In Italy, any application for registration and related shall be addressed contextually to the Ministry for Agriculture Politics (Ministero delle Politiche Agricole) and to the concerned Regions, in order to verify compliance with the provisions of PDO and PGI product specification.
    The Ministry shall scrutinize by appropriate means the application received to check its admissibility, if it is justified and meets the conditions laid down in the EC Regulation. The Ministry scrutiny, after receiving the Region’s favorable decision, should not exceed a period of 240 days to certify:

    the legitimacy of the applicant group;
    the completeness of documents presented, to set out the required specifications, which are: the name, a description of the product, a description of the link between the specific quality, the reputation or other characteristics of the agricultural product or foodstuff and the geographical territory, including the specific elements of the 25years-old production method;
    the adequacy to the provisions of the product specification;
    that the product doesn’t exist in a geographical area or a in a proximity geographical area where another product, renown for the same characteristics, is produced.

    After technical verifications and if the competent authority considers that the requirements to obtain the registration are met, it takes a favorable decision and publish the application on the Official Journal of Italy, ensuring 30 days within which any natural or legal person having a legitimate interest may lodge objection to the application.
    If Italy takes a favorable decision, it submits it to the European Commission for a final decision.
    This scrutiny should not exceed a period of 12 months. Where, the Commission considers that the conditions laid down in this Regulation are met, it shall publish in the Official Journal of the European Union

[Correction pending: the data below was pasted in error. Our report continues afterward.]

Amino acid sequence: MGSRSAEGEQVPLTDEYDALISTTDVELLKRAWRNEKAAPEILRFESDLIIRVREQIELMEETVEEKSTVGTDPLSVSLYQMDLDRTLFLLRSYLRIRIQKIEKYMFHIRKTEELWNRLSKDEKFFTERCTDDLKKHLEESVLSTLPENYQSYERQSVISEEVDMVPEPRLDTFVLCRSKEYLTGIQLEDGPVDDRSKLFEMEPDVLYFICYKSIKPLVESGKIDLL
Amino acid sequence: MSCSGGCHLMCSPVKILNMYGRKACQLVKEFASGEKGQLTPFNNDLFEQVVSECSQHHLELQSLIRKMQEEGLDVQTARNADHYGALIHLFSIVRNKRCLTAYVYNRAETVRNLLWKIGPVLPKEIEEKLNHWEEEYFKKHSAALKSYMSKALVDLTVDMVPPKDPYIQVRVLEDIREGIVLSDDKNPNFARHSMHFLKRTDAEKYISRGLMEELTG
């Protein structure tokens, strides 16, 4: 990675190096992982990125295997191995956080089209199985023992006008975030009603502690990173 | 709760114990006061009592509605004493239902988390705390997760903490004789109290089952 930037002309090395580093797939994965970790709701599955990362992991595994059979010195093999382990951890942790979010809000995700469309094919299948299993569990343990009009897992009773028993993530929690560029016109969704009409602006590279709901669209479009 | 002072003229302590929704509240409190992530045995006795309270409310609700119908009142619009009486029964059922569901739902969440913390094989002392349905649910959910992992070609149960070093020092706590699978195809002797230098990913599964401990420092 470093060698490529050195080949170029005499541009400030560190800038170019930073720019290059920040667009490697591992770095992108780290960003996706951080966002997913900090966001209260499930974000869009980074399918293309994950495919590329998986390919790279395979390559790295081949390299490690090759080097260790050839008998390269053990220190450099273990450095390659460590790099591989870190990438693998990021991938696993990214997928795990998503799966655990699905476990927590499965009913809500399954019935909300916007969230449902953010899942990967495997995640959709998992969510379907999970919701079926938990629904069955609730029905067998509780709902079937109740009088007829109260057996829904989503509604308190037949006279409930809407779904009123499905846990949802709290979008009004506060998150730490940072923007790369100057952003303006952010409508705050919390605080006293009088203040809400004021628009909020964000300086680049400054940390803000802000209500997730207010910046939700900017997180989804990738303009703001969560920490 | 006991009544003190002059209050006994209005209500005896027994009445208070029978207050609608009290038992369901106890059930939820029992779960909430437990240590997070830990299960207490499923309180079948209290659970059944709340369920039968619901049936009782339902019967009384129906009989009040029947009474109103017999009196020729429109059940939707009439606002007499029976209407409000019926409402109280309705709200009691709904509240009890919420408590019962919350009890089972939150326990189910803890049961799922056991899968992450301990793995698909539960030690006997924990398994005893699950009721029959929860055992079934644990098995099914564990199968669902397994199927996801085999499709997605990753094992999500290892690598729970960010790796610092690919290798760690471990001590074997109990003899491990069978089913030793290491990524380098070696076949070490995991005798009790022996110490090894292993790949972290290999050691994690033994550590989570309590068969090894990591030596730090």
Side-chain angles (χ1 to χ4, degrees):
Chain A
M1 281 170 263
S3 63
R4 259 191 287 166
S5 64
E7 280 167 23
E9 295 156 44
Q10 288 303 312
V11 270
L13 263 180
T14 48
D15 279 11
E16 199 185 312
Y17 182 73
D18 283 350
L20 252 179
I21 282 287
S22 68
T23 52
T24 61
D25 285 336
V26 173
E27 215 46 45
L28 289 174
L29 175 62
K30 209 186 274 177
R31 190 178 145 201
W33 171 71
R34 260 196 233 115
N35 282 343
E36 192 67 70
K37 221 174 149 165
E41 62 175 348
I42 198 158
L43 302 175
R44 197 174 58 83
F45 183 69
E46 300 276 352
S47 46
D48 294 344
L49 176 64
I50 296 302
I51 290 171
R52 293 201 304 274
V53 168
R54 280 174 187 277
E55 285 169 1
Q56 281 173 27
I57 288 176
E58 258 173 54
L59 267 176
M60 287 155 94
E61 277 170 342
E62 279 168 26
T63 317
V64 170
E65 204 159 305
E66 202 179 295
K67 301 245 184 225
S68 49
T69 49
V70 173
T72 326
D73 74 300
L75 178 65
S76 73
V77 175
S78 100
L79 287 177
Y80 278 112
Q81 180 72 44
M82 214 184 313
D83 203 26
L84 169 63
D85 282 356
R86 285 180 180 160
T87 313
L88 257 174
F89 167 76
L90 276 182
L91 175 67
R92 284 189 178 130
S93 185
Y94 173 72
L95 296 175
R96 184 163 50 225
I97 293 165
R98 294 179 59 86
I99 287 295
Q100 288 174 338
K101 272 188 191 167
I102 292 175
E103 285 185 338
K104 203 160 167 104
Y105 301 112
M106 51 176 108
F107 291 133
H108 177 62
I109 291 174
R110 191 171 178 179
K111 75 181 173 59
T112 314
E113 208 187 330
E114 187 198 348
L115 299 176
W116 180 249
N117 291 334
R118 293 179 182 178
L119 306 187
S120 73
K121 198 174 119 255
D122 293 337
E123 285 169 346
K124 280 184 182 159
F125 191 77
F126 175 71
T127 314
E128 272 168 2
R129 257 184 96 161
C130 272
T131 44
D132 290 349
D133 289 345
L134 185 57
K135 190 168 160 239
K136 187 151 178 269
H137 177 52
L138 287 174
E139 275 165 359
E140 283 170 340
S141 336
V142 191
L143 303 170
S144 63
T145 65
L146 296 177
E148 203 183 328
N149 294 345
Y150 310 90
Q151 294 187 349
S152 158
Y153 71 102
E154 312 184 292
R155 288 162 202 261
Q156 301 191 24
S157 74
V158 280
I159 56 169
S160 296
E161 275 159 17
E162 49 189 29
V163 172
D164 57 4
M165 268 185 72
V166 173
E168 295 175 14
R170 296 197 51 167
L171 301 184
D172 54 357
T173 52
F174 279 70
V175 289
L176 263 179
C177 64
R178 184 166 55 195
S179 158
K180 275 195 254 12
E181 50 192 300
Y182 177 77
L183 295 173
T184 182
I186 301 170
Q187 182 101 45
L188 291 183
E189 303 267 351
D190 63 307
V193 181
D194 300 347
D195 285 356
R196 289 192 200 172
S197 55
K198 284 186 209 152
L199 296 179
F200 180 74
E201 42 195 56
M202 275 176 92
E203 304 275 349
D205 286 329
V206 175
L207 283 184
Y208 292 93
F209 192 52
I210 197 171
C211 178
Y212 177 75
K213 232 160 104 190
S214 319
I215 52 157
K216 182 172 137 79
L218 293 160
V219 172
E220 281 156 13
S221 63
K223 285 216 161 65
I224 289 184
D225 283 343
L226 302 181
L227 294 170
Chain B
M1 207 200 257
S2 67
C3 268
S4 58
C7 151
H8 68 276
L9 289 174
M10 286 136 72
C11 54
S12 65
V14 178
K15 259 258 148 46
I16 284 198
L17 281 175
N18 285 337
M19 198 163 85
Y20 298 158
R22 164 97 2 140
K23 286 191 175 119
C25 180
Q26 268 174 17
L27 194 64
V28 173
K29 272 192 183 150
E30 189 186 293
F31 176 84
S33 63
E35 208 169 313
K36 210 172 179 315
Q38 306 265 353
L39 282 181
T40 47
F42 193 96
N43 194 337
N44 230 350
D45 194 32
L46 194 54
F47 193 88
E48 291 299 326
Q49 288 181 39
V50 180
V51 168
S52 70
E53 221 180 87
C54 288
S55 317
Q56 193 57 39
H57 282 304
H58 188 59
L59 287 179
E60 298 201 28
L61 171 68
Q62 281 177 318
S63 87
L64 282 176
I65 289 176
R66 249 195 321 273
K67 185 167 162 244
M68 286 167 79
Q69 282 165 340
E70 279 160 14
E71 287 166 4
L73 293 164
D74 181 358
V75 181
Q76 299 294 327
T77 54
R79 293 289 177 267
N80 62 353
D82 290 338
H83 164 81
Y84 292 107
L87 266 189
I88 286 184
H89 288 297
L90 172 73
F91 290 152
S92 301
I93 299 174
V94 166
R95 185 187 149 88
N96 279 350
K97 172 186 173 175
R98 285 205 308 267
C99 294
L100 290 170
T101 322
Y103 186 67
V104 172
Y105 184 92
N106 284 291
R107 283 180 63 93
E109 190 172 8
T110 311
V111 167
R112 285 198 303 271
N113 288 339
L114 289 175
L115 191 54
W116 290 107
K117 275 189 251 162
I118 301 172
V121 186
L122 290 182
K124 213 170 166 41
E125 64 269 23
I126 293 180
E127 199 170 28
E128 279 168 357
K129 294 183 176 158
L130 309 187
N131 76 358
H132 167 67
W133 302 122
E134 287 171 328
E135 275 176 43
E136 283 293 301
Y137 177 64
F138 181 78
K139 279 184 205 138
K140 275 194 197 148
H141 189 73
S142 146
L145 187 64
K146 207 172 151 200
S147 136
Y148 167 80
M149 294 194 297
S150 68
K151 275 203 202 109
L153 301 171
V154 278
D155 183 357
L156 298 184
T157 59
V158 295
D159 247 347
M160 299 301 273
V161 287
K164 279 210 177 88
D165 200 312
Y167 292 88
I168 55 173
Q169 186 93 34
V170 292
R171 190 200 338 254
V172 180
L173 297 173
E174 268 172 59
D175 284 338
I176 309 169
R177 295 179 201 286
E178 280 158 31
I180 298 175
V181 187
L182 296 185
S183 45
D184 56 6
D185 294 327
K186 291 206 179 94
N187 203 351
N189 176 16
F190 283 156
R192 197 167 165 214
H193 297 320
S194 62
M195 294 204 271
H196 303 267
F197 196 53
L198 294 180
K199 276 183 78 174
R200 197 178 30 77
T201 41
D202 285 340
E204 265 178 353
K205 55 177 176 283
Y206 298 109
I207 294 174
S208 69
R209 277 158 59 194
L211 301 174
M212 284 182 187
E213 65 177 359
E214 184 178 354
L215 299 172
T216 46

Once registered, the juridical effects of the designations enter into force: only the producers from the geographical area, complying with the EU standards, have the exclusive right to use the appropriate Community symbols or indications on the packaging barring any other third party from inappropriate use, imitation, usurpation and/or misleading allusion to the protected Italian products.

    5. Beside looking for these seals, what other advice can you offer to consumers looking for authentic Made in Italy products?
    One of the advices is to consumers: pay attention at labels on the products, since they should state "Product of Italy" instead of "Italian style", or other expressions that recall the 'Italianity". It's important if the label and the packaging display the symbol, which are red for PDO and blue for PGI products.

    On the institutional side, it’s important to foster the protection of Italian Geographical Indications among American consumers throughout educational campaigns. In this regard, the Ministry of Economic Development has created a network of Desks, predominantly located at the Italian Trade Commission and/or Embassies offices, in countries where a stronger protection of Made in Italy goods in necessary. The New York IPR Desk produces legal analysis on the “Italian Sounding” Phenomenon in vogue in the United States, and promoted activities aimed at informing American consumers about it.